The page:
The Roller Coaster.
Stocks with high short interest have made big moves in January 2021. Here are the 15 stocks with the heaviest short interest.
|Company / Ticker||Recent Price||Short Interest as % of Float||YTD Price Change|
|GameStop / GME||$325.00||121.1%||1,625%|
|fuboTV / FUBO||42.25||71.9||51|
|Ligand Pharmaceuticals / LGND||185.35||64.9||86|
|PubMatic / PUBM||39.75||63.3||42|
|Bed Bath & Beyond / BBBY||35.33||63.0||99|
|National Beverage / FIZZ||151.54||62.6||78|
|Alberton Acquisition / ALAC||12.83||62.1||12|
|AMC Networks / AMCX||49.42||57.9||38|
|SunPower / SPWR||54.01||57.5||111|
|Macerich / MAC||15.70||56.9||47|
|Tanger Factory Outlet Centers / SKT||15.43||52.4||55|
|Tootsie Roll Industries / TR||39.58||45.9||33|
|Accelerate Diagnostics / AXDX||10.26||44.9||35|
|Academy Sports and Outdoors / ASO||21.50||44.8||4|
|BigCommerce Holdings / BIGC||79.94||44.6||25|
Note: Short interest as of Jan. 15
Sources: Dow Jones Market Data; Bloomberg
The fastest and biggest impact appears to be on short sellers. Losing an estimated $5 billion on a single stock tends to change behavior. Large short-sellers’ practice of announcing short calls to much fanfare is over, and it’s unlikely any fund will be quite hesitant to “talk up their book” publicly again. Institutional short sellers will have to be both quieter and more careful. Being short stocks with 150% short interest is probably a thing of the past.
About Those Regulators – A Little Frenzy Bothering You?
Regulators will now probably try to impose new guardrails around retail trading. The SEC said last year that it was looking closer at options trading and how brokers disclose risks. Trading on margin could be curtailed, and the rules for getting into options may change.
Brokers will undoubtedly need to make changes, too. Their apps and websites have already been under pressure from a surge of retail trading. Several had to curb trading last week in some stocks for regulatory and financial reasons, angering customers. Ultimately, the brokers facilitated a frenzy they couldn’t keep up with. Now, they will have to adapt or watch their clients disappear. Robinhood, in particular, has much to prove (the company wants to go public this year).
Hedge funds – even those that don’t regularly go short – will also have to adjust. Much as they use alternative data to track credit card receipts and get ahead of earnings reports, they’ll now have to watch the message boards. Data companies are ramping up web-crawling specifically to track Reddit. The great innovation of 2021 seems to be a robot sifting through emojis for investment signals.
You Say You Want a Revolution.
No, the retail revolution is clearly not going away, even if some market participants may hope it does. Those in on the fun should expect new margin limits with their brokers and possibly more stringent requirements for complex trading strategies. For everyone else, the message is more complicated. Buy-and-hold investors need to be aware of the trends, but if they need a new strategy, it is unclear. Short-term price volatility may wash out over time, generating stable long-term returns anyway. But it is naïve to think that there have not been seismic shifts.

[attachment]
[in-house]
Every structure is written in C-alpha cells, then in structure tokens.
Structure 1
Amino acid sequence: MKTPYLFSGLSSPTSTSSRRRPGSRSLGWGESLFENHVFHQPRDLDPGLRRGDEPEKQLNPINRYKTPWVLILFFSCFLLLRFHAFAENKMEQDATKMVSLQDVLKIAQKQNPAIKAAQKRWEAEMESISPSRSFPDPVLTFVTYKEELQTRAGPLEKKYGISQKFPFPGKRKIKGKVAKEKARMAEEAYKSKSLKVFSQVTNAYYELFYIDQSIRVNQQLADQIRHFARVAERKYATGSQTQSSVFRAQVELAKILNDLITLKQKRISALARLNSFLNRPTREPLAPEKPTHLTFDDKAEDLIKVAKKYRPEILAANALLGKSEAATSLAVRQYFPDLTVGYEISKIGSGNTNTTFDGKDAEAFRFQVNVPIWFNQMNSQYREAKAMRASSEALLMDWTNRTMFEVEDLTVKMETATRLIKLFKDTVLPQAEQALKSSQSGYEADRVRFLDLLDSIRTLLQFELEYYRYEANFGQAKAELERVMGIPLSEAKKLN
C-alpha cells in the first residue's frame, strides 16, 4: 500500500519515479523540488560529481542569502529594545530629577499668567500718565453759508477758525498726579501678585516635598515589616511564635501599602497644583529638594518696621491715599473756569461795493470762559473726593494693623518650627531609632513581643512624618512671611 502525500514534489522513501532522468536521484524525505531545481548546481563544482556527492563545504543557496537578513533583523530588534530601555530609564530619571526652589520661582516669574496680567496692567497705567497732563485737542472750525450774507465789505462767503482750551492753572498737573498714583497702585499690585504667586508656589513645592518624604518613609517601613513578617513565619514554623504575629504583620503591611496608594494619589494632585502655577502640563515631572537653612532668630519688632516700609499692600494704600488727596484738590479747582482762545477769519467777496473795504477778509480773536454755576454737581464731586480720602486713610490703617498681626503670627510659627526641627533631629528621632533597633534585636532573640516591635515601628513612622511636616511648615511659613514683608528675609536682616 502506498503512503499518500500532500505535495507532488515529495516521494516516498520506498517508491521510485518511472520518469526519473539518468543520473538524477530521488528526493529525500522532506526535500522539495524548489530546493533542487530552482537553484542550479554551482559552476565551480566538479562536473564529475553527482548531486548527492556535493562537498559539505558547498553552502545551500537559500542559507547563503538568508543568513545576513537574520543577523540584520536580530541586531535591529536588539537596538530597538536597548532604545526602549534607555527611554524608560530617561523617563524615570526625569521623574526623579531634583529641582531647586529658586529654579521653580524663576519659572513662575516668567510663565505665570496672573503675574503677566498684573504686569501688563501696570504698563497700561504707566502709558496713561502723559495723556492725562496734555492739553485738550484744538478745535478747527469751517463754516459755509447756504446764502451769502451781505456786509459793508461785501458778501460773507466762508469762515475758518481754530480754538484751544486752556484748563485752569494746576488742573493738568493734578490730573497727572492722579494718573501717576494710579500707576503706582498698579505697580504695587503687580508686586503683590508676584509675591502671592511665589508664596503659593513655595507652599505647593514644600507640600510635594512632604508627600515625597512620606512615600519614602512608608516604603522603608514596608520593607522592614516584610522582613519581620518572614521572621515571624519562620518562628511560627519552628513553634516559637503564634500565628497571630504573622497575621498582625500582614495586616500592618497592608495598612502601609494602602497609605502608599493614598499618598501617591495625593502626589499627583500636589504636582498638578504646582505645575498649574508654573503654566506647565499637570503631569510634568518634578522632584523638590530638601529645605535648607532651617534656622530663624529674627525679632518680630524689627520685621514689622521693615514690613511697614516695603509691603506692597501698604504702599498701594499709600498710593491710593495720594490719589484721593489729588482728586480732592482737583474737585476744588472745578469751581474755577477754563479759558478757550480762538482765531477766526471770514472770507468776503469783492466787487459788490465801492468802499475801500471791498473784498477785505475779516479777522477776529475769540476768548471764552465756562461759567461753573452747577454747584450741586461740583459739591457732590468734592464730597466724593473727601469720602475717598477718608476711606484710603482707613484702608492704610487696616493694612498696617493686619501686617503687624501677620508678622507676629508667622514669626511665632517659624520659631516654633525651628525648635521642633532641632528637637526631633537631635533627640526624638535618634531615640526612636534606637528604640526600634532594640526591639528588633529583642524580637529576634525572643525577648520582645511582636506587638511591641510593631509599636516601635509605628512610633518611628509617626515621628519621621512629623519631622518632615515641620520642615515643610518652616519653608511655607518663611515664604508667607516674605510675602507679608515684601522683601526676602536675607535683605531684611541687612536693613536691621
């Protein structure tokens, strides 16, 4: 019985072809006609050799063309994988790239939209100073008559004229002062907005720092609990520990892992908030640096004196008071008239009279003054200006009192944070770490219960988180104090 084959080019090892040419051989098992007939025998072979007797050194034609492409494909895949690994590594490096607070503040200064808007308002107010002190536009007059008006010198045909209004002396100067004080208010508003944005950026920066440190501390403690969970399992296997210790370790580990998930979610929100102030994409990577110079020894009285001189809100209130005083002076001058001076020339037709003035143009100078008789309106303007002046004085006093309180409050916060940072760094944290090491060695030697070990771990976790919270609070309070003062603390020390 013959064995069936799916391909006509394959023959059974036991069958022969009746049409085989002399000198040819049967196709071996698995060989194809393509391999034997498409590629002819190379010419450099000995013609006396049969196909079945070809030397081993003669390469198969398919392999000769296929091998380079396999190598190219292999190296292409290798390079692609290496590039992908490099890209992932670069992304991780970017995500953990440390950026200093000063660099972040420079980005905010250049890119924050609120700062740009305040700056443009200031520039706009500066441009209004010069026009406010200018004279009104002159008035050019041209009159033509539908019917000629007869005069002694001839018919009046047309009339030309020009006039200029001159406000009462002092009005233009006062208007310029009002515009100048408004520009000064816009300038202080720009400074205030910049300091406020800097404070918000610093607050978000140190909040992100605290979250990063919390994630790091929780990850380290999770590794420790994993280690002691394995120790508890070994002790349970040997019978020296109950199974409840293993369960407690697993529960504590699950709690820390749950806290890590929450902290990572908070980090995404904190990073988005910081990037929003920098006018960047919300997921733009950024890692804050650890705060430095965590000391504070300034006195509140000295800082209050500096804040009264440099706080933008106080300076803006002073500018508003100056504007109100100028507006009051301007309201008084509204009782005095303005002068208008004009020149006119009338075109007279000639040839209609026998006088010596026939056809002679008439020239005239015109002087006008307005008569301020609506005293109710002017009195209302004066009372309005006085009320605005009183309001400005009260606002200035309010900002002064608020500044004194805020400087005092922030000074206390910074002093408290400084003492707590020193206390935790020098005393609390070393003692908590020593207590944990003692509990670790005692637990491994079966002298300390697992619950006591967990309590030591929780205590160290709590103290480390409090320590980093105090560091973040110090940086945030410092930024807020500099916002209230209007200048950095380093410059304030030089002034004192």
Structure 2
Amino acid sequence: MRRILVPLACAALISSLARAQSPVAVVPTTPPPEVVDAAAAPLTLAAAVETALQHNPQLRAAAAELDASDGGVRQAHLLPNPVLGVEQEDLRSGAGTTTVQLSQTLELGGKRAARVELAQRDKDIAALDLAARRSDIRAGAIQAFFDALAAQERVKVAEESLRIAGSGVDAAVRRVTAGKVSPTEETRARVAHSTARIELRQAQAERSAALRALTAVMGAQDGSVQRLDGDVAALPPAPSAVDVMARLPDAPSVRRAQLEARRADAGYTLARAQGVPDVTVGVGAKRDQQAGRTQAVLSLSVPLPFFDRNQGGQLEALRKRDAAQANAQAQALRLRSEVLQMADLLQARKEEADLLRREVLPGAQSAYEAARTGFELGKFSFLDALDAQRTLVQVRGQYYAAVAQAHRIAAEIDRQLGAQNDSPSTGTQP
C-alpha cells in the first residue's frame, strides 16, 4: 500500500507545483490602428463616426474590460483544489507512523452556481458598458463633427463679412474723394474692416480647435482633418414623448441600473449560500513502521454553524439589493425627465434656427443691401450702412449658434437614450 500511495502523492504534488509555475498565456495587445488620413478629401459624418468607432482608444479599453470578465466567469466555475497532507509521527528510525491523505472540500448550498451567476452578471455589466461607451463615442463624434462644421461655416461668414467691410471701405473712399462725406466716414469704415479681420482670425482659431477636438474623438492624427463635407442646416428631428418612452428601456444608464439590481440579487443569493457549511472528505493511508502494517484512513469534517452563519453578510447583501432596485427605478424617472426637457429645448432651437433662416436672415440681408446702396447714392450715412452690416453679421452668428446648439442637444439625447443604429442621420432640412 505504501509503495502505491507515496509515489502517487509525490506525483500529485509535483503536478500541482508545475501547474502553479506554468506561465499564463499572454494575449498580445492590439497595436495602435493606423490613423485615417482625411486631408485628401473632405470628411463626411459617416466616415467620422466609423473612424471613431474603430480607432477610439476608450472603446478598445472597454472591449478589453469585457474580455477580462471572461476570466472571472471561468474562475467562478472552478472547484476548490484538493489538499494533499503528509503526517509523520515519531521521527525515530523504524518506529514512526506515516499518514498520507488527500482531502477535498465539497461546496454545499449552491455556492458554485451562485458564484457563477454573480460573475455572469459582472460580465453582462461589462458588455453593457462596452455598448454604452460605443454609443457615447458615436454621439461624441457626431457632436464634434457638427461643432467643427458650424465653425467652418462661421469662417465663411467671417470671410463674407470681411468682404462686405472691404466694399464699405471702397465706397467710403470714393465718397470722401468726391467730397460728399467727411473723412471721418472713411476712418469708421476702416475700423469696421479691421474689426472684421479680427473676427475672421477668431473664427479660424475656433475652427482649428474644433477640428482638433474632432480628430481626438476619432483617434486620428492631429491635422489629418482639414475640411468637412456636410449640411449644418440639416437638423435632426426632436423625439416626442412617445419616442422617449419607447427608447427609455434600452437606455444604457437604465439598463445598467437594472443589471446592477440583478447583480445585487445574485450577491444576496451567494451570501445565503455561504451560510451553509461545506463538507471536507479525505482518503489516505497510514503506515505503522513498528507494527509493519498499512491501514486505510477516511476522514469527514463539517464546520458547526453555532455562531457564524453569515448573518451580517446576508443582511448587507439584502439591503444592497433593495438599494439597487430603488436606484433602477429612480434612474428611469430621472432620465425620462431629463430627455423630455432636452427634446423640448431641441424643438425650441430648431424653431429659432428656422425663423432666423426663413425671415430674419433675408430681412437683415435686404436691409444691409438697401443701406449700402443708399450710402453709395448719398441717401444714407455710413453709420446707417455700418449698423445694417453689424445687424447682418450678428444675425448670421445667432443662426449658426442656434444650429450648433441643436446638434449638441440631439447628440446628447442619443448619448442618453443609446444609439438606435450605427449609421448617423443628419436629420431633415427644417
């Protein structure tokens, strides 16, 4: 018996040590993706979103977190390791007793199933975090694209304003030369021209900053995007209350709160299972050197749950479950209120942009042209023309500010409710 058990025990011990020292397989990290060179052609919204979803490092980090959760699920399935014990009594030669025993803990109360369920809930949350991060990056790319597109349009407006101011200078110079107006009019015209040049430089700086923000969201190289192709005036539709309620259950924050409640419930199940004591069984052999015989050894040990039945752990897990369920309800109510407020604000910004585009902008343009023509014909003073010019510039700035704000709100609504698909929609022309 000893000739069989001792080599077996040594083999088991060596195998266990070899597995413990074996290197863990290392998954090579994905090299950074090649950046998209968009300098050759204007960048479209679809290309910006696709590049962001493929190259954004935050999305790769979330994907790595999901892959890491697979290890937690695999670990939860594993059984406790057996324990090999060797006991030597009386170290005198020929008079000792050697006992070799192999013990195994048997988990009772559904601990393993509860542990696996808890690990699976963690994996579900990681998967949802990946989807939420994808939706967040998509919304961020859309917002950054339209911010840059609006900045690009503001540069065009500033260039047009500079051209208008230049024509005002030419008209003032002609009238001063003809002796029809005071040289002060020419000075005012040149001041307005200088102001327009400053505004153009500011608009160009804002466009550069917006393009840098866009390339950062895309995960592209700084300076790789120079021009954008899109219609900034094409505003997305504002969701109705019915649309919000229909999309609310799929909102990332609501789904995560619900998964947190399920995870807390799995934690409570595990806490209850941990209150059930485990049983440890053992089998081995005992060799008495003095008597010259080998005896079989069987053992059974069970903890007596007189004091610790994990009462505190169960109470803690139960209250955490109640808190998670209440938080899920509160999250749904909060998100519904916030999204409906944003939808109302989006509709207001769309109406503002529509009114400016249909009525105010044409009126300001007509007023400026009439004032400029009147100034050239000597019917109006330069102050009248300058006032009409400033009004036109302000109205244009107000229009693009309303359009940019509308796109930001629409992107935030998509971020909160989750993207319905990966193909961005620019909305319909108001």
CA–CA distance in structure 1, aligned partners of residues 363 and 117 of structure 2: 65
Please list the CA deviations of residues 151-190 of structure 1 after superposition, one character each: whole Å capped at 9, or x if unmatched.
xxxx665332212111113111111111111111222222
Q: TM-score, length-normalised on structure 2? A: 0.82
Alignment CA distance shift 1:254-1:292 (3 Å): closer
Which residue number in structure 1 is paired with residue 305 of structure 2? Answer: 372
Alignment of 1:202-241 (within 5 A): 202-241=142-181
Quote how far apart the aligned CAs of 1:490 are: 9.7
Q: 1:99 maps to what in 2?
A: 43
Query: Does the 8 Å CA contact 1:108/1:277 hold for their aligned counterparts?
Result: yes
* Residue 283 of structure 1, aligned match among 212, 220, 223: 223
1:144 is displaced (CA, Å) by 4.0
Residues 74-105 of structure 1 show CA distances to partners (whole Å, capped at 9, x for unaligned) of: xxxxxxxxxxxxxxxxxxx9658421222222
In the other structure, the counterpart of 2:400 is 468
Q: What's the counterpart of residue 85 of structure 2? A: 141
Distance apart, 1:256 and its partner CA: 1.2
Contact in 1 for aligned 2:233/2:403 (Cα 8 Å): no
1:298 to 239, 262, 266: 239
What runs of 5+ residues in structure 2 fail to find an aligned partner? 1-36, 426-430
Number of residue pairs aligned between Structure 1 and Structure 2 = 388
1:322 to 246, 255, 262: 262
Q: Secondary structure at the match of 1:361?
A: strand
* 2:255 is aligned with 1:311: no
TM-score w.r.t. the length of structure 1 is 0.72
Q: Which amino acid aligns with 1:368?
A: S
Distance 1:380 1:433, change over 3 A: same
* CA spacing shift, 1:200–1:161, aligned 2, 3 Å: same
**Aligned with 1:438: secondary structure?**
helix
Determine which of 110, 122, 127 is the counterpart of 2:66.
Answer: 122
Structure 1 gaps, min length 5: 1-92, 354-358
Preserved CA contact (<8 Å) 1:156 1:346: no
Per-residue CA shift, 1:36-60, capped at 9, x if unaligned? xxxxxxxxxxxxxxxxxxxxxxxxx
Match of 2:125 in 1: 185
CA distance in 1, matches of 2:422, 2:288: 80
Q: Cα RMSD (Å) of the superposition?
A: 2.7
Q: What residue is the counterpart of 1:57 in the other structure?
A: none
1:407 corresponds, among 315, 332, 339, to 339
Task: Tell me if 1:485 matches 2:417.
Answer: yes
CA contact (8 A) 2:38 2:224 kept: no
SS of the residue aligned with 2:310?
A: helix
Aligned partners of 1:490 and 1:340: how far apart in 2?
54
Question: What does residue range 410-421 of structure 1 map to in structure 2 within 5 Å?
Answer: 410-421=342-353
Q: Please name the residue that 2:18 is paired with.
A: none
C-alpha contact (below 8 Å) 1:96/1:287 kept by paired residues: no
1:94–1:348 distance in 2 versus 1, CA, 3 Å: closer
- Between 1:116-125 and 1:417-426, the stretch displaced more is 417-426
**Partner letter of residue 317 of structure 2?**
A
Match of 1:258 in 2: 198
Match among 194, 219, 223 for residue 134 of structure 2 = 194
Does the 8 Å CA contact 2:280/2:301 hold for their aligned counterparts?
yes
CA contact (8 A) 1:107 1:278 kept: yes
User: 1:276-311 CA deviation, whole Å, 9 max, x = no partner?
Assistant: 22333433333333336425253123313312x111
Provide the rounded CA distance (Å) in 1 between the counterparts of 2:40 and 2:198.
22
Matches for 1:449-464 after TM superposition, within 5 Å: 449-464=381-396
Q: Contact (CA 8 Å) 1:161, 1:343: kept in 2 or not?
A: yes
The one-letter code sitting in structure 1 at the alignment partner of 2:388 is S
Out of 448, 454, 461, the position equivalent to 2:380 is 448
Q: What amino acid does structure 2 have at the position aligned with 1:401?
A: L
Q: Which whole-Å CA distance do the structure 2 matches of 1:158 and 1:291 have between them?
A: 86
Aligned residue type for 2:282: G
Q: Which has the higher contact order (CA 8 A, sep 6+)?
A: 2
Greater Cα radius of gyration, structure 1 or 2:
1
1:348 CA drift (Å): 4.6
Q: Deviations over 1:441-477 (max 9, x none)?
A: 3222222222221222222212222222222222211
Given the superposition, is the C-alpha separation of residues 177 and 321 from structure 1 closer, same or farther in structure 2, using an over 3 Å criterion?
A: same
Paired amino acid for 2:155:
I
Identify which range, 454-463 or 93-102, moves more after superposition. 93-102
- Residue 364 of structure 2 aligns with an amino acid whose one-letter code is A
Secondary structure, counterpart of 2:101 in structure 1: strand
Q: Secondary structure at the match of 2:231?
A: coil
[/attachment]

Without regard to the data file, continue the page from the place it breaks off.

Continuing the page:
The Madness of Crowds.
The “crowd-squeeze,” causing the GameStop move has already shown the potential to be a systemic risk to broader markets, particularly when pricey markets are looking for an excuse to correct. A small number of investments can ignite a market firestorm. The myth of “non-correlated assets” should probably be dispelled permanently.
Government action to protect against the fallout of volatile trading is uncertain and most likely to be ineffective. Investors need to develop new models beyond quarterly earnings reports and must factor in unrealistic optimistic expectations that cycle through the markets with much more regularity – taking some stocks to dizzying and seemingly irrational heights. But, as John Maynard Keynes said, “markets will stay irrational longer than you can stay liquid.”
So, is this a tug-of-war between tradition and the future? Do hedge fund managers live in the past and continue to look down upon the retail investor as insignificant? Perhaps there is a pervasive belief that retail investors don’t know anything about finances or the market (which may be true). But that is likely irrelevant.
Value is Not Price.
Economic theory teaches us that the value of any security is the present value of future cash flows, discounted at a reasonable interest rate. But price is determined by supply and demand. What is very clear in the securities market is that demand has increased substantially while supply has remained mostly constant. The resulting impact on prices is an economic outcome that even retail investors understand.
Is This the Future?
One thing is clear, investment strategies that do not factor this new understanding into investment portfolios will be a thing of the past.